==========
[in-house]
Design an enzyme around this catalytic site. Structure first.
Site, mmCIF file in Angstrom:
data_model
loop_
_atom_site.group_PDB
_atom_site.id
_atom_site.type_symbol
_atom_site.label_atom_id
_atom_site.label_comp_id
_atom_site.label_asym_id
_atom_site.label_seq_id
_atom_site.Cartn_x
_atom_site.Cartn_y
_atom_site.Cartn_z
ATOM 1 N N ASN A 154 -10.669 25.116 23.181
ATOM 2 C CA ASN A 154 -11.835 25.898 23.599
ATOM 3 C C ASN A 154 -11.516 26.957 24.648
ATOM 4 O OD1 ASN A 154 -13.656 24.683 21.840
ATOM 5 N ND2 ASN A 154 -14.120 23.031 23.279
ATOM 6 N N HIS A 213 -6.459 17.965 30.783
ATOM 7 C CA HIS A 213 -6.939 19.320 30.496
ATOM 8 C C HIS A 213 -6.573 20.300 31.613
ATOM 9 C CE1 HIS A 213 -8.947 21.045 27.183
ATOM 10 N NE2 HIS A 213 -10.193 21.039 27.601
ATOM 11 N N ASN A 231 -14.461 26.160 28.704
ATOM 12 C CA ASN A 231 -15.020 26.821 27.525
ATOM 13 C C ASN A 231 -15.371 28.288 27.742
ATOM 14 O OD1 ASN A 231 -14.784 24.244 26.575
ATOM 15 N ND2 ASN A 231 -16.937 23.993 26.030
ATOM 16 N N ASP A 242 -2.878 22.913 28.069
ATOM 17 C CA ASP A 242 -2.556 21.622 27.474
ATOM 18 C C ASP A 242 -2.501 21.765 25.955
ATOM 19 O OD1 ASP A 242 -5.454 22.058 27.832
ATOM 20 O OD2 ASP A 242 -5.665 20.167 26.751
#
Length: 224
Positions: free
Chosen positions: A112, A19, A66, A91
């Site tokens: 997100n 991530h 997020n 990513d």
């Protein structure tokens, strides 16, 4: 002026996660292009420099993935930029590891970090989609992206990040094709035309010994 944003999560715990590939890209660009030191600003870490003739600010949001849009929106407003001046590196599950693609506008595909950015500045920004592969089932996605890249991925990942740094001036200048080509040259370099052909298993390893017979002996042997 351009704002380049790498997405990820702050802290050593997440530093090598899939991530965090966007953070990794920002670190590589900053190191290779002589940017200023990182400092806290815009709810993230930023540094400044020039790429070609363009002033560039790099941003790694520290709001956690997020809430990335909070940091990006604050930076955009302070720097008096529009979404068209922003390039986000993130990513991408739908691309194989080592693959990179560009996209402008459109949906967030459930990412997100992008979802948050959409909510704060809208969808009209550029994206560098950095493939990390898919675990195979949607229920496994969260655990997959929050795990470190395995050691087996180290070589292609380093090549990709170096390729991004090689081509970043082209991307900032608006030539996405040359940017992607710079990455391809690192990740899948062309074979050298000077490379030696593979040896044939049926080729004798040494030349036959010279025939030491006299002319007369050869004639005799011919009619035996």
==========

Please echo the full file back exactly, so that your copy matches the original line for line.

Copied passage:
[in-house]
Design an enzyme around this catalytic site. Structure first.
Site, mmCIF file in Angstrom:
data_model
loop_
_atom_site.group_PDB
_atom_site.id
_atom_site.type_symbol
_atom_site.label_atom_id
_atom_site.label_comp_id
_atom_site.label_asym_id
_atom_site.label_seq_id
_atom_site.Cartn_x
_atom_site.Cartn_y
_atom_site.Cartn_z
ATOM 1 N N ASN A 154 -10.669 25.116 23.181
ATOM 2 C CA ASN A 154 -11.835 25.898 23.599
ATOM 3 C C ASN A 154 -11.516 26.957 24.648
ATOM 4 O OD1 ASN A 154 -13.656 24.683 21.840
ATOM 5 N ND2 ASN A 154 -14.120 23.031 23.279
ATOM 6 N N HIS A 213 -6.459 17.965 30.783
ATOM 7 C CA HIS A 213 -6.939 19.320 30.496
ATOM 8 C C HIS A 213 -6.573 20.300 31.613
ATOM 9 C CE1 HIS A 213 -8.947 21.045 27.183
ATOM 10 N NE2 HIS A 213 -10.193 21.039 27.601
ATOM 11 N N ASN A 231 -14.461 26.160 28.704
ATOM 12 C CA ASN A 231 -15.020 26.821 27.525
ATOM 13 C C ASN A 231 -15.371 28.288 27.742
ATOM 14 O OD1 ASN A 231 -14.784 24.244 26.575
ATOM 15 N ND2 ASN A 231 -16.937 23.993 26.030
ATOM 16 N N ASP A 242 -2.878 22.913 28.069
ATOM 17 C CA ASP A 242 -2.556 21.622 27.474
ATOM 18 C C ASP A 242 -2.501 21.765 25.955
ATOM 19 O OD1 ASP A 242 -5.454 22.058 27.832
ATOM 20 O OD2 ASP A 242 -5.665 20.167 26.751
#
Length: 224
Positions: free
Chosen positions: A112, A19, A66, A91
């Site tokens: 997100n 991530h 997020n 990513d």
């Protein structure tokens, strides 16, 4: 002026996660292009420099993935930029590891970090989609992206990040094709035309010994 944003999560715990590939890209660009030191600003870490003739600010949001849009929106407003001046590196599950693609506008595909950015500045920004592969089932996605890249991925990942740094001036200048080509040259370099052909298993390893017979002996042997 351009704002380049790498997405990820702050802290050593997440530093090598899939991530965090966007953070990794920002670190590589900053190191290779002589940017200023990182400092806290815009709810993230930023540094400044020039790429070609363009002033560039790099941003790694520290709001956690997020809430990335909070940091990006604050930076955009302070720097008096529009979404068209922003390039986000993130990513991408739908691309194989080592693959990179560009996209402008459109949906967030459930990412997100992008979802948050959409909510704060809208969808009209550029994206560098950095493939990390898919675990195979949607229920496994969260655990997959929050795990470190395995050691087996180290070589292609380093090549990709170096390729991004090689081509970043082209991307900032608006030539996405040359940017992607710079990455391809690192990740899948062309074979050298000077490379030696593979040896044939049926080729004798040494030349036959010279025939030491006299002319007369050869004639005799011919009619035996």